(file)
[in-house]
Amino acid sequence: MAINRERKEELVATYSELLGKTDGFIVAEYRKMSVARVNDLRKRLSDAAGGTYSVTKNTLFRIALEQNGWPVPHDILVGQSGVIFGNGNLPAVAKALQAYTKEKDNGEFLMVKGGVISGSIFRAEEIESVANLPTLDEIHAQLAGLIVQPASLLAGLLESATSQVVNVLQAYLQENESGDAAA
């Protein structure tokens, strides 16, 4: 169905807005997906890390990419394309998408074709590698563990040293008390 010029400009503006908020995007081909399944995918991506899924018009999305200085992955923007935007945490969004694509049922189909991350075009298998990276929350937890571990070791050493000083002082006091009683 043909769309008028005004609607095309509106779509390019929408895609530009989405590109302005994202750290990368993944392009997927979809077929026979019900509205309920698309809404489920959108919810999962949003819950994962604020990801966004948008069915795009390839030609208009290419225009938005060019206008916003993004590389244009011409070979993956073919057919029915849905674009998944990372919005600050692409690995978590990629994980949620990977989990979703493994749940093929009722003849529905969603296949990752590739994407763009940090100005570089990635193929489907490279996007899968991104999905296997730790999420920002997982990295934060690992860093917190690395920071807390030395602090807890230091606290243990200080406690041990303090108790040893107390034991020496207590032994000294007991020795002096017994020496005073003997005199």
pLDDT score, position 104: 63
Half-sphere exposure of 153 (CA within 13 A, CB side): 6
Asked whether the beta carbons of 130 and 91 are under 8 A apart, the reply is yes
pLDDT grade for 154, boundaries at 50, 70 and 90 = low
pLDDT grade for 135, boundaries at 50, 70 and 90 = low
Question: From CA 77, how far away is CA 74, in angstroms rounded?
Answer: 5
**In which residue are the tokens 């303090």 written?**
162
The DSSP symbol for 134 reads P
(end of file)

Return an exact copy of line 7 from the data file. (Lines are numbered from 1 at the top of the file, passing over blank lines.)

pLDDT grade for 154, boundaries at 50, 70 and 90 = low